The War in the Air - The Missionaries of Bombing
In September of 1918 the American general Pershing commanded the first US led attack of the war against the salient of St Mihiel not far from Verdun.
His Chief of Air Service at this battle was Billy Mitchell. Mitchell was an early enthusiast of aviation and had headed the aviation section of the US Signal Corps. In 1917, before America's entry into the war, he had been sent to Europe as an observer. During this period he was befriended and influenced by Hugh Trenchard.
For the upcoming battle Mitchell gathered together the largest concentration of aircraft of the entire war. He had over 1400 planes at his command. More than 300 of them were day bombers and almost 100 were night bombers. About 40 percent of this force were American pilots, the rest being made up by French, British and Italians.
Mitchell's plans were thwarted, however, as the crucial first two days of the battle were fought in bad weather, preventing the kind of mass air attack that Mitchell had intended.
In the immediate aftermath of the war Hugh Trenchard, Billy Mitchell and the Italian Giulio Douhet (who had commanded Italy's first aviation unit from 1912 to 1915) all published influential papers pushing the idea that the bomber would change warfare forever.
What would decide future conflicts, they claimed, was not the forces on the ground but the forces in the air. Trenchard remarked that while there had been only seven bombing raids against Trier, there had been over one hundred alerts, with the accompanying affect on morale and production. Given a large bomber force, Trenchard and the others argued, the effect would be war winning. Future wars would be won by strategic bombing aimed at destroying the enemy's industrial centres and breaking civilian morale.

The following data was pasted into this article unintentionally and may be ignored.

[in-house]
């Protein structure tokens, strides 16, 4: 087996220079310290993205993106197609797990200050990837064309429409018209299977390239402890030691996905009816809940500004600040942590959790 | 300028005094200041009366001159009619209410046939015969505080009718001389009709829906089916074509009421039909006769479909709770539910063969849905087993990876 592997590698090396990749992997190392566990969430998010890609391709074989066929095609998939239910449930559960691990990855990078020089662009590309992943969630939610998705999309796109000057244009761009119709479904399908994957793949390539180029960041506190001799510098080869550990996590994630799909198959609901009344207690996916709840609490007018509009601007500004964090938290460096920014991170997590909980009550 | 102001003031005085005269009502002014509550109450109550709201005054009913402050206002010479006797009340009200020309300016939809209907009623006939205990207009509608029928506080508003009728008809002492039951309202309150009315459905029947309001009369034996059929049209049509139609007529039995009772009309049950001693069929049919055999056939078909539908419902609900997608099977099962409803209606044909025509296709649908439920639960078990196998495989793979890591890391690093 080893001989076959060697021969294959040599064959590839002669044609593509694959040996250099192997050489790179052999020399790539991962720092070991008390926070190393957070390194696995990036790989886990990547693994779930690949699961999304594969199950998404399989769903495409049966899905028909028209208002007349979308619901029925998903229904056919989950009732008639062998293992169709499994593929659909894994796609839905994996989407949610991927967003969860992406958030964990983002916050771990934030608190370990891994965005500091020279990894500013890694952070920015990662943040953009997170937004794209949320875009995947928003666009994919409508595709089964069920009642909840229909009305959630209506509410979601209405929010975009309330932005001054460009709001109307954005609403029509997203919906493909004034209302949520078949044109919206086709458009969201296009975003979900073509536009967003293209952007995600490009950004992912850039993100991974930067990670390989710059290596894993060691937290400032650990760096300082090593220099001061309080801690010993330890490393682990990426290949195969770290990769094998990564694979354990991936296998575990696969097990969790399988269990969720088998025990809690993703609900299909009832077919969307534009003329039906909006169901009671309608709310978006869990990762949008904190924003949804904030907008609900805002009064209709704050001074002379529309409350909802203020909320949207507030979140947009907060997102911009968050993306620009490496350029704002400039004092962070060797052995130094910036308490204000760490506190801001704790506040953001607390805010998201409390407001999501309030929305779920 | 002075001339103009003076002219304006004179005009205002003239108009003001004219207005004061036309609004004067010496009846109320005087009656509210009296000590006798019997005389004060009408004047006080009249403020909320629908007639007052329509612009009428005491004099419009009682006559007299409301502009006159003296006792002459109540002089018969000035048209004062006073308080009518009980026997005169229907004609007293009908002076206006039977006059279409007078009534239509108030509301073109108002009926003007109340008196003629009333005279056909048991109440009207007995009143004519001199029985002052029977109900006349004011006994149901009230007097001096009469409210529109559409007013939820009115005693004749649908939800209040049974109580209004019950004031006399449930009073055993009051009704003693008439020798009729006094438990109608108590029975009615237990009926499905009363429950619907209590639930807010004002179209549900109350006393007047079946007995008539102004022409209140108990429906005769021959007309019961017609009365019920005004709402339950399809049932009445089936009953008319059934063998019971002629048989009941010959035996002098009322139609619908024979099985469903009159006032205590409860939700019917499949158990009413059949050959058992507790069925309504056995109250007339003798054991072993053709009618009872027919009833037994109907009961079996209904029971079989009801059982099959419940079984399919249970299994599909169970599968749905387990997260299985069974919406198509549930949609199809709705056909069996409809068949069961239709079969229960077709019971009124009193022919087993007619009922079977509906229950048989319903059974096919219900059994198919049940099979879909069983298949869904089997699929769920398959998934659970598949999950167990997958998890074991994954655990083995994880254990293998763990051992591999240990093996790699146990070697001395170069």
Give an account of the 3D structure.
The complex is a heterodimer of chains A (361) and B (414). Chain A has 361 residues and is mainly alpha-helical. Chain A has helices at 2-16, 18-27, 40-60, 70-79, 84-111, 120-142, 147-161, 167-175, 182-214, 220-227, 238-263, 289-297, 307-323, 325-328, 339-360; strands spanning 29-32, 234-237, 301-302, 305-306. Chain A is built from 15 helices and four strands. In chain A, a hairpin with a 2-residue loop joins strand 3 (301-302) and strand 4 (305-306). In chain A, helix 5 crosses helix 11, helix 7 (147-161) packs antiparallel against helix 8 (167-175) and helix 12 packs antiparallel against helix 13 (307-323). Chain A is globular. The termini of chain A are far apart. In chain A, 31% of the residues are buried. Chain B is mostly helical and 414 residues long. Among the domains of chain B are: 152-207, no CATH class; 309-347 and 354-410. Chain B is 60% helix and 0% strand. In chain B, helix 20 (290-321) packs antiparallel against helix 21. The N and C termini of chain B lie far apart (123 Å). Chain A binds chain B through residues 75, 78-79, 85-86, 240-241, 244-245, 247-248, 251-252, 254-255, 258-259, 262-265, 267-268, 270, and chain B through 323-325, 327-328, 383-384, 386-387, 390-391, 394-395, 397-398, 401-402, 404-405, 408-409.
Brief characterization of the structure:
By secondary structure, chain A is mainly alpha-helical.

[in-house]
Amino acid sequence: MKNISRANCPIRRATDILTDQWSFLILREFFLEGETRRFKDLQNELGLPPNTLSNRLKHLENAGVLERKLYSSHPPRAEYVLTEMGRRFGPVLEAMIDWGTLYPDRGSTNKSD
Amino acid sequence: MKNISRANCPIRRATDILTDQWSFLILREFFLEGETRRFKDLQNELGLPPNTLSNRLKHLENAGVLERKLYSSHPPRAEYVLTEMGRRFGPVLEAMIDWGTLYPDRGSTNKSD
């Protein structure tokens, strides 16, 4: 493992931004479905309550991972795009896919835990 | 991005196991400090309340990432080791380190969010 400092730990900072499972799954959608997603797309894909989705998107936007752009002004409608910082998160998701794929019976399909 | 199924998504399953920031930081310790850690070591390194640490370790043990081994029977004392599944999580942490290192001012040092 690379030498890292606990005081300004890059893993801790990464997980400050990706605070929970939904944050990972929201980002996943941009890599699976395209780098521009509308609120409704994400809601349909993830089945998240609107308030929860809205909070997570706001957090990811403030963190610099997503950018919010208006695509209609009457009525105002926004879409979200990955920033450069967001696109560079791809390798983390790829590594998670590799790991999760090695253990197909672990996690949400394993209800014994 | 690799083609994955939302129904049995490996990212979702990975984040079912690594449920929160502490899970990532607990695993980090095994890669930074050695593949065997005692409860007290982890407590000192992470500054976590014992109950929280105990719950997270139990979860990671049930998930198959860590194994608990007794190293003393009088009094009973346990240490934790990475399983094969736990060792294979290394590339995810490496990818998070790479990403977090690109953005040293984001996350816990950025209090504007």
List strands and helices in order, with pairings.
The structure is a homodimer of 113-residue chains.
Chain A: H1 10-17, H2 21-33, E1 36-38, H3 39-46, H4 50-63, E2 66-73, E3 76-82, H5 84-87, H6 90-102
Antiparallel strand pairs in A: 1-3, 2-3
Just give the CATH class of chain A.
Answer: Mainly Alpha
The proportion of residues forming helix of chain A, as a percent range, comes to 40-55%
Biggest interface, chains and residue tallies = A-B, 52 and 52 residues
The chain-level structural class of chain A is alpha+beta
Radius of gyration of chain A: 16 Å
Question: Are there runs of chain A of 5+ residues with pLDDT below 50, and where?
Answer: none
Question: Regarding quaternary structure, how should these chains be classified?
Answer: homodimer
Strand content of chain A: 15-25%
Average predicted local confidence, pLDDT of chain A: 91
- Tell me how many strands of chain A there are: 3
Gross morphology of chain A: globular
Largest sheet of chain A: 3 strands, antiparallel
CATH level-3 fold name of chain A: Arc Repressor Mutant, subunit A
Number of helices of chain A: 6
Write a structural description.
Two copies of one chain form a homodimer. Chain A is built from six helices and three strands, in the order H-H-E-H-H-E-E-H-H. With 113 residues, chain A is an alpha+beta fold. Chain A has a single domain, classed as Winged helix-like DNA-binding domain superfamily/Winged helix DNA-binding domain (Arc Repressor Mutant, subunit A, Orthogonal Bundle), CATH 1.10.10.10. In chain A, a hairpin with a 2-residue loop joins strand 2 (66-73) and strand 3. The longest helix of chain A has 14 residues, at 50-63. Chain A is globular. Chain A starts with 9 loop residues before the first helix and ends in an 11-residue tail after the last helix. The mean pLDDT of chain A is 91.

Trenchard commanded the RAF for ten years, from 1919 onwards, and his influence lasted well beyond that. Billy Mitchell clashed with his superiors, was court martialed and resigned, but nevertheless he deeply affected American military thinking.
In the Second World War the Germans had superb tactical bombers, and used them as a weapon of terror against civilian targets. The British and Americans, however, were the only combatants who flew four engined heavy bombers. They were the only ones would could mount a sustained strategic bombing campaign, and they succeeded in severely disrupting their enemy's production capabilities.
The table below lists the important bomber types used in the war. It is sorted by the size of the bomb load.
|Airplane||Country||Bomb Load (kg)||Bomb Load (lb)||No. of Engines|
|Sopwith 1½ Strutter||Britain||118||260||1|
Article contributed by Ari Unikoski
Photographs courtesy of Photos of the Great War website
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"Hun" was a slang term used by the allies, to describe the Germans. "Boche" was another.
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